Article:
1Harvard University, School of Engineering and Applied Sciences, 29 Oxford Street, Cambridge, MA 02138, USA
2Royal Netherlands Meteorological Inst., Climate Observations Dept., Wilhelminalaan 10, 3732 GK De Bilt, The Netherlands
3Weizmann Institute, Department of Environmental Sciences, Rehovot 76100, Israel
4Belgian Institute for Space Aeronomy, Avenue Circulaire 3, 1180, Brussels, Belgium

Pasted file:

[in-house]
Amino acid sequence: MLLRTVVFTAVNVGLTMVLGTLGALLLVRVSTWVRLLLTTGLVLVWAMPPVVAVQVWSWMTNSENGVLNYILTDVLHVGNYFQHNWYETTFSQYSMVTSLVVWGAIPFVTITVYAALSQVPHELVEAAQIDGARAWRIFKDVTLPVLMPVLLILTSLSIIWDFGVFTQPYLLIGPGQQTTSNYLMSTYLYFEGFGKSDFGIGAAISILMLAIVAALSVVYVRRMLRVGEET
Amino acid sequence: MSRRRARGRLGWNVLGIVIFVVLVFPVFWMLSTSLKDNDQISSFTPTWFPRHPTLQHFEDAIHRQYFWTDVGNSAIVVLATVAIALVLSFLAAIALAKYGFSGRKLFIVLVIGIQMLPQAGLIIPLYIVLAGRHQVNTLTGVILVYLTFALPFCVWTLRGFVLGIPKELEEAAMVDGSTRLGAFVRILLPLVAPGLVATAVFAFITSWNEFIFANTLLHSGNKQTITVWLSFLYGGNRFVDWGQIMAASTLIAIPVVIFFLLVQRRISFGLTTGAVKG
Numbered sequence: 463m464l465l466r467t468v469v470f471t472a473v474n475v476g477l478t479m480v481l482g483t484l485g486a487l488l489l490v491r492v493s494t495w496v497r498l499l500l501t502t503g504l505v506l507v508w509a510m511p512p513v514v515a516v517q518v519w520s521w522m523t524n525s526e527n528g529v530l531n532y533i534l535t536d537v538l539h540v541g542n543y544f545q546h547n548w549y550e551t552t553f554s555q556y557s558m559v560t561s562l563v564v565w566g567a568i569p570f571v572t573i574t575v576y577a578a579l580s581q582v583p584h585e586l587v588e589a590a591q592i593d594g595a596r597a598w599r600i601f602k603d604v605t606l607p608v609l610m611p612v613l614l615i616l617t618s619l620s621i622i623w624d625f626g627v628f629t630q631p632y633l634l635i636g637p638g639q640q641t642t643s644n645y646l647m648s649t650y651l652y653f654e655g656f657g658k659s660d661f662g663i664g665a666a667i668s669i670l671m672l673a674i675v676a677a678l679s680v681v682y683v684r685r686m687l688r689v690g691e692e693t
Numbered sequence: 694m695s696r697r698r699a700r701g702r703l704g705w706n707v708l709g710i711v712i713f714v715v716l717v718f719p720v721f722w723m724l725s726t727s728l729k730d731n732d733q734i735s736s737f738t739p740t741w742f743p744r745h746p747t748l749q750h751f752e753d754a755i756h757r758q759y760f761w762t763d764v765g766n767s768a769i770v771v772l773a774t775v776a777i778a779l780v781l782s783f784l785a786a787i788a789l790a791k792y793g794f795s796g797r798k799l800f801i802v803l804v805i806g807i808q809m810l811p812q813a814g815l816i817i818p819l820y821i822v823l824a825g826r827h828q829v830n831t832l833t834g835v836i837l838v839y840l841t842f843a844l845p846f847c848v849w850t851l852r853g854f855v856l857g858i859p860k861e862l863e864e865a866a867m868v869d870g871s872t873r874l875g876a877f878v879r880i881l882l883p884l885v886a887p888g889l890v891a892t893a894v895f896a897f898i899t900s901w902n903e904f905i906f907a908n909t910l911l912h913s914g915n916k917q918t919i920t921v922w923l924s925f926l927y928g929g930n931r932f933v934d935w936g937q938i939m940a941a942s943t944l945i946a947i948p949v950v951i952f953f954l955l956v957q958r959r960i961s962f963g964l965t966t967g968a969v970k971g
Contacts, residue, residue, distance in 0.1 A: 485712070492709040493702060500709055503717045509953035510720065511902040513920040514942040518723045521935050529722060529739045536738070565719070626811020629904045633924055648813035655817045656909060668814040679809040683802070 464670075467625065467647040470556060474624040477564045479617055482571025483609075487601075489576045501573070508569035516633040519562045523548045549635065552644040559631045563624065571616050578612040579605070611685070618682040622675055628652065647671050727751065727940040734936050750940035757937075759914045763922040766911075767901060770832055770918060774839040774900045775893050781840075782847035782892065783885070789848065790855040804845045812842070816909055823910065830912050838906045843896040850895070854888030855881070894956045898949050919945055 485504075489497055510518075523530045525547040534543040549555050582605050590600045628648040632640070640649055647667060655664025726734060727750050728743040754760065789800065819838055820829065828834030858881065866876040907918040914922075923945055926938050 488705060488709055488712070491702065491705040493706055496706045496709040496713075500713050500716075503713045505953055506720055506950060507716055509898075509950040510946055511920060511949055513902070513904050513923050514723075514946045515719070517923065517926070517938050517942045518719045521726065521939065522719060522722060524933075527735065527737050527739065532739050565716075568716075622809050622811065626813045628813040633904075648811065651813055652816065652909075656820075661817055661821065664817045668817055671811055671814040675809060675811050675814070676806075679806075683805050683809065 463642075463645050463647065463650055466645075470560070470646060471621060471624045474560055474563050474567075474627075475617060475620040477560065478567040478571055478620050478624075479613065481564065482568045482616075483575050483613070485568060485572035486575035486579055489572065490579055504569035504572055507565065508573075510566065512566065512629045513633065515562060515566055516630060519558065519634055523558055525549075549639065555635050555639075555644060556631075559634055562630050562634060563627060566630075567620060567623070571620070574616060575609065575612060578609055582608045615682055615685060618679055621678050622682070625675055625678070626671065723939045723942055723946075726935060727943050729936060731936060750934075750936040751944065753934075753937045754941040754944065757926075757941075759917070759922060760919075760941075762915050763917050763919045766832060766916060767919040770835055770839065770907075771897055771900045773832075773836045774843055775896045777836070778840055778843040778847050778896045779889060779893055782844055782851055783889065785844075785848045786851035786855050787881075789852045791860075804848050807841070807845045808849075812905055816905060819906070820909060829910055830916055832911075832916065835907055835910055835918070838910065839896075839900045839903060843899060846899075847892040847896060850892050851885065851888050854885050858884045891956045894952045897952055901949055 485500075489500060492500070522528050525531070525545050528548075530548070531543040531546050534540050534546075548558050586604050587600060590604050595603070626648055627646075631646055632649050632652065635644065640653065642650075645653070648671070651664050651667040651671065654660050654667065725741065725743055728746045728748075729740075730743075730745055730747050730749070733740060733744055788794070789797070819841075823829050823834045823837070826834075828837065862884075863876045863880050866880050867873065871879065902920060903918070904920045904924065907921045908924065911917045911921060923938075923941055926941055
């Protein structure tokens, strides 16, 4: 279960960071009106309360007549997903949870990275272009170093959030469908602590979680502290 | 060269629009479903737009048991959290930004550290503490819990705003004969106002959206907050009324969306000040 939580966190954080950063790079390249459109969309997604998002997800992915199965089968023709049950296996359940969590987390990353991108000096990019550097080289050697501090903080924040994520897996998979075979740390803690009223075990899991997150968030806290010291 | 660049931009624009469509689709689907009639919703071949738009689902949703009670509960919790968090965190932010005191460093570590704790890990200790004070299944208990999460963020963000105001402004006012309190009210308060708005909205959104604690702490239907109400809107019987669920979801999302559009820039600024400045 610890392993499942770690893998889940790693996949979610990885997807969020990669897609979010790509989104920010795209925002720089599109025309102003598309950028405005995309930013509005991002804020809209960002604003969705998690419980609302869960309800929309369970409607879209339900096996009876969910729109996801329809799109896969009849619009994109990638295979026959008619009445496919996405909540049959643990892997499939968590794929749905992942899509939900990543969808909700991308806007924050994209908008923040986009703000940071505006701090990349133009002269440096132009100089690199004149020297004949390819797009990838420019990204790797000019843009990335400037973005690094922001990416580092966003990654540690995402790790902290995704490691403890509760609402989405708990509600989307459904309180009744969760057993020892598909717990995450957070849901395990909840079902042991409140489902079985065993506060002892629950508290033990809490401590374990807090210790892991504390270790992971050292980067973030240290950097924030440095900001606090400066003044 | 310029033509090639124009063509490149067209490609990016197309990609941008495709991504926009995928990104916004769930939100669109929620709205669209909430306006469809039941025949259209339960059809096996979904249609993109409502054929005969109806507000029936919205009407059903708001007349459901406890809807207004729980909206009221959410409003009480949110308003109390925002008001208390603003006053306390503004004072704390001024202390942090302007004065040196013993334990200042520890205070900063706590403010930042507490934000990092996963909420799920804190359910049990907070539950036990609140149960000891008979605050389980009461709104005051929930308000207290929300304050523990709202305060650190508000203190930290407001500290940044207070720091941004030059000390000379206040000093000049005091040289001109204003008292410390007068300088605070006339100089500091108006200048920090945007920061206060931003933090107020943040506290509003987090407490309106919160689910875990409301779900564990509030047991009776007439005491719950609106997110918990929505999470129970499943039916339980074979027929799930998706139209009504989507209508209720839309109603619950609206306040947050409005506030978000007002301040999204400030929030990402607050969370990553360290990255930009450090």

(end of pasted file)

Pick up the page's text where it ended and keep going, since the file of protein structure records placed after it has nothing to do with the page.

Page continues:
Abstract. We compare a full-year (2006) record of surface air NO2 concentrations measured in Israeli cities to coinciding retrievals of tropospheric NO2 columns from satellite sensors (SCIAMACHY aboard ENVISAT and OMI aboard Aura). This provides a large statistical data set for validation of NO2 satellite measurements in urban air, where validation is difficult yet crucial for using these measurements to infer NOx emissions by inverse modeling. Assuming that NO2 is well-mixed throughout the boundary layer (BL), and using observed average seasonal boundary layer heights, near-surface NO2 concentrations are converted into BL NO2 columns. The agreement between OMI and (13:45) BL NO2 columns (slope=0.93, n=542), and the comparable results at 10:00 h for SCIAMACHY, allow a validation of the seasonal, weekly, and diurnal cycles in satellite-derived NO2. OMI and BL NO2 columns show consistent seasonal cycles (winter NO2 1.6–2.7× higher than summer). BL and coinciding OMI columns both show a strong weekly cycle with 45–50% smaller NO2 columns on Saturday relative to the weekday mean, reflecting the reduced weekend activity, and validating the weekly cycle observed from space. The diurnal difference between SCIAMACHY (10:00) and OMI (13:45) NO2 is maximum in summer when SCIAMACHY is up to 40% higher than OMI, and minimum in winter when OMI slightly exceeds SCIAMACHY. A similar seasonal variation in the diurnal difference is found in the source region of Cairo. The surface measurements in Israel cities confirm this seasonal variation in the diurnal cycle. Using simulations from a global 3-D chemical transport model (GEOS-Chem), we show that this seasonal cycle can be explained by a much stronger photochemical loss of NO2 in summer than in winter.